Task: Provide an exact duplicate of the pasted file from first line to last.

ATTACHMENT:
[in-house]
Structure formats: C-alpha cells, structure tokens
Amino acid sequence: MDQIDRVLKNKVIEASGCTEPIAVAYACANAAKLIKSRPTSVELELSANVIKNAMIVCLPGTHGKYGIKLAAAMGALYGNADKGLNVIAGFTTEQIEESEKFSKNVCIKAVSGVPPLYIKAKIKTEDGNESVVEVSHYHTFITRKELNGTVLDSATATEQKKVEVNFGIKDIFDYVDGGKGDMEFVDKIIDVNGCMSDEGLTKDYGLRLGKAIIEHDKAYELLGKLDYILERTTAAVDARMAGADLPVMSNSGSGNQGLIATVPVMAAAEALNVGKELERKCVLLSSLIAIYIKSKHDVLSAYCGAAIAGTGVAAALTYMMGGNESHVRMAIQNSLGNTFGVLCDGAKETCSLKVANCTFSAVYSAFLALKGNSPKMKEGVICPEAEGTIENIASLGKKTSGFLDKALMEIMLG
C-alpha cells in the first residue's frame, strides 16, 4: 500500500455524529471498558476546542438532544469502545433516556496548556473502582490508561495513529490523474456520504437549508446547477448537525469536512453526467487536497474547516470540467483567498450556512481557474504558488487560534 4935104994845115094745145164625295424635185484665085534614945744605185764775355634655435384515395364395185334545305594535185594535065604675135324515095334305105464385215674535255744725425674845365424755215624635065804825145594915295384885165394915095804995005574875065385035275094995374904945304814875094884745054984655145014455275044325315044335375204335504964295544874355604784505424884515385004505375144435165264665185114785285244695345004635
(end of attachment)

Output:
[in-house]
Structure formats: C-alpha cells, structure tokens
Amino acid sequence: MDQIDRVLKNKVIEASGCTEPIAVAYACANAAKLIKSRPTSVELELSANVIKNAMIVCLPGTHGKYGIKLAAAMGALYGNADKGLNVIAGFTTEQIEESEKFSKNVCIKAVSGVPPLYIKAKIKTEDGNESVVEVSHYHTFITRKELNGTVLDSATATEQKKVEVNFGIKDIFDYVDGGKGDMEFVDKIIDVNGCMSDEGLTKDYGLRLGKAIIEHDKAYELLGKLDYILERTTAAVDARMAGADLPVMSNSGSGNQGLIATVPVMAAAEALNVGKELERKCVLLSSLIAIYIKSKHDVLSAYCGAAIAGTGVAAALTYMMGGNESHVRMAIQNSLGNTFGVLCDGAKETCSLKVANCTFSAVYSAFLALKGNSPKMKEGVICPEAEGTIENIASLGKKTSGFLDKALMEIMLG
C-alpha cells in the first residue's frame, strides 16, 4: 500500500455524529471498558476546542438532544469502545433516556496548556473502582490508561495513529490523474456520504437549508446547477448537525469536512453526467487536497474547516470540467483567498450556512481557474504558488487560534 4935104994845115094745145164625295424635185484665085534614945744605185764775355634655435384515395364395185334545305594535185594535065604675135324515095334305105464385215674535255744725425674845365424755215624635065804825145594915295384885165394915095804995005574875065385035275094995374904945304814875094884745054984655145014455275044325315044335375204335504964295544874355604784505424884515385004505375144435165264665185114785285244695345004635